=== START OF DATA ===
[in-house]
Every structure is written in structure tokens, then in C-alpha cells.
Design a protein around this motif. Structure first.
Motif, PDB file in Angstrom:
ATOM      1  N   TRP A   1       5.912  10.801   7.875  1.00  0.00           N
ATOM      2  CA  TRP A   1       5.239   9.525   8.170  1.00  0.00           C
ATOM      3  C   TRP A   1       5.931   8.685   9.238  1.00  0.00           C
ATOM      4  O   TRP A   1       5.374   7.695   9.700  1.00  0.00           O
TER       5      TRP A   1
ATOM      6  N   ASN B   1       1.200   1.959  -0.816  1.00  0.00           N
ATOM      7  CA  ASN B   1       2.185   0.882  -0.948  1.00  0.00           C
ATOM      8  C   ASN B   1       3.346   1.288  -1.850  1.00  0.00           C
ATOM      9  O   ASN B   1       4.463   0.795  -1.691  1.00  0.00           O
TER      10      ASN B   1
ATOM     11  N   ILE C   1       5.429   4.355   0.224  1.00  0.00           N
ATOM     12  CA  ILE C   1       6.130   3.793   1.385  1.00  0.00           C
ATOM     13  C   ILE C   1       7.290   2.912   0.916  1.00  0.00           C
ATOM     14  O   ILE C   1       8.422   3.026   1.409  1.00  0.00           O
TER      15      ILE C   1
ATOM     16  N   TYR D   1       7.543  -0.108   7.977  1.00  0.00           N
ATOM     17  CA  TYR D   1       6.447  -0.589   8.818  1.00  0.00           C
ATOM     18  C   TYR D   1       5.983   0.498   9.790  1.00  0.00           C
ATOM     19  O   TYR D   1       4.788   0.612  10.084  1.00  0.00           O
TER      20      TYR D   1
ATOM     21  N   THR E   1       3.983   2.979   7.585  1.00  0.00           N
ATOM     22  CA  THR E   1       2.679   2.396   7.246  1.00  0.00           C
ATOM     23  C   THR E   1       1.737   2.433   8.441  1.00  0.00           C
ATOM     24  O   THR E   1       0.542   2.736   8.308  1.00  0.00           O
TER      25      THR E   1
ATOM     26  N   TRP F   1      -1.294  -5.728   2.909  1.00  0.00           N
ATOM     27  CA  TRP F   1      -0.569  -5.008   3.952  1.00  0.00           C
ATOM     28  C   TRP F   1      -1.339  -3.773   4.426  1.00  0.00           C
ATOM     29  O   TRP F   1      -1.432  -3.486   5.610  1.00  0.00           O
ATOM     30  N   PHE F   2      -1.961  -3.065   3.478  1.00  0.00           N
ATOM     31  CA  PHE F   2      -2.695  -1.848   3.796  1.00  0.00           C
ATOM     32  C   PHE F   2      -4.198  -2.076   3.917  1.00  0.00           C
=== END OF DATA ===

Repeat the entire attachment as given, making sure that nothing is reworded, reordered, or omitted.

[in-house]
Every structure is written in structure tokens, then in C-alpha cells.
Design a protein around this motif. Structure first.
Motif, PDB file in Angstrom:
ATOM      1  N   TRP A   1       5.912  10.801   7.875  1.00  0.00           N
ATOM      2  CA  TRP A   1       5.239   9.525   8.170  1.00  0.00           C
ATOM      3  C   TRP A   1       5.931   8.685   9.238  1.00  0.00           C
ATOM      4  O   TRP A   1       5.374   7.695   9.700  1.00  0.00           O
TER       5      TRP A   1
ATOM      6  N   ASN B   1       1.200   1.959  -0.816  1.00  0.00           N
ATOM      7  CA  ASN B   1       2.185   0.882  -0.948  1.00  0.00           C
ATOM      8  C   ASN B   1       3.346   1.288  -1.850  1.00  0.00           C
ATOM      9  O   ASN B   1       4.463   0.795  -1.691  1.00  0.00           O
TER      10      ASN B   1
ATOM     11  N   ILE C   1       5.429   4.355   0.224  1.00  0.00           N
ATOM     12  CA  ILE C   1       6.130   3.793   1.385  1.00  0.00           C
ATOM     13  C   ILE C   1       7.290   2.912   0.916  1.00  0.00           C
ATOM     14  O   ILE C   1       8.422   3.026   1.409  1.00  0.00           O
TER      15      ILE C   1
ATOM     16  N   TYR D   1       7.543  -0.108   7.977  1.00  0.00           N
ATOM     17  CA  TYR D   1       6.447  -0.589   8.818  1.00  0.00           C
ATOM     18  C   TYR D   1       5.983   0.498   9.790  1.00  0.00           C
ATOM     19  O   TYR D   1       4.788   0.612  10.084  1.00  0.00           O
TER      20      TYR D   1
ATOM     21  N   THR E   1       3.983   2.979   7.585  1.00  0.00           N
ATOM     22  CA  THR E   1       2.679   2.396   7.246  1.00  0.00           C
ATOM     23  C   THR E   1       1.737   2.433   8.441  1.00  0.00           C
ATOM     24  O   THR E   1       0.542   2.736   8.308  1.00  0.00           O
TER      25      THR E   1
ATOM     26  N   TRP F   1      -1.294  -5.728   2.909  1.00  0.00           N
ATOM     27  CA  TRP F   1      -0.569  -5.008   3.952  1.00  0.00           C
ATOM     28  C   TRP F   1      -1.339  -3.773   4.426  1.00  0.00           C
ATOM     29  O   TRP F   1      -1.432  -3.486   5.610  1.00  0.00           O
ATOM     30  N   PHE F   2      -1.961  -3.065   3.478  1.00  0.00           N
ATOM     31  CA  PHE F   2      -2.695  -1.848   3.796  1.00  0.00           C
ATOM     32  C   PHE F   2      -4.198  -2.076   3.917  1.00  0.00           C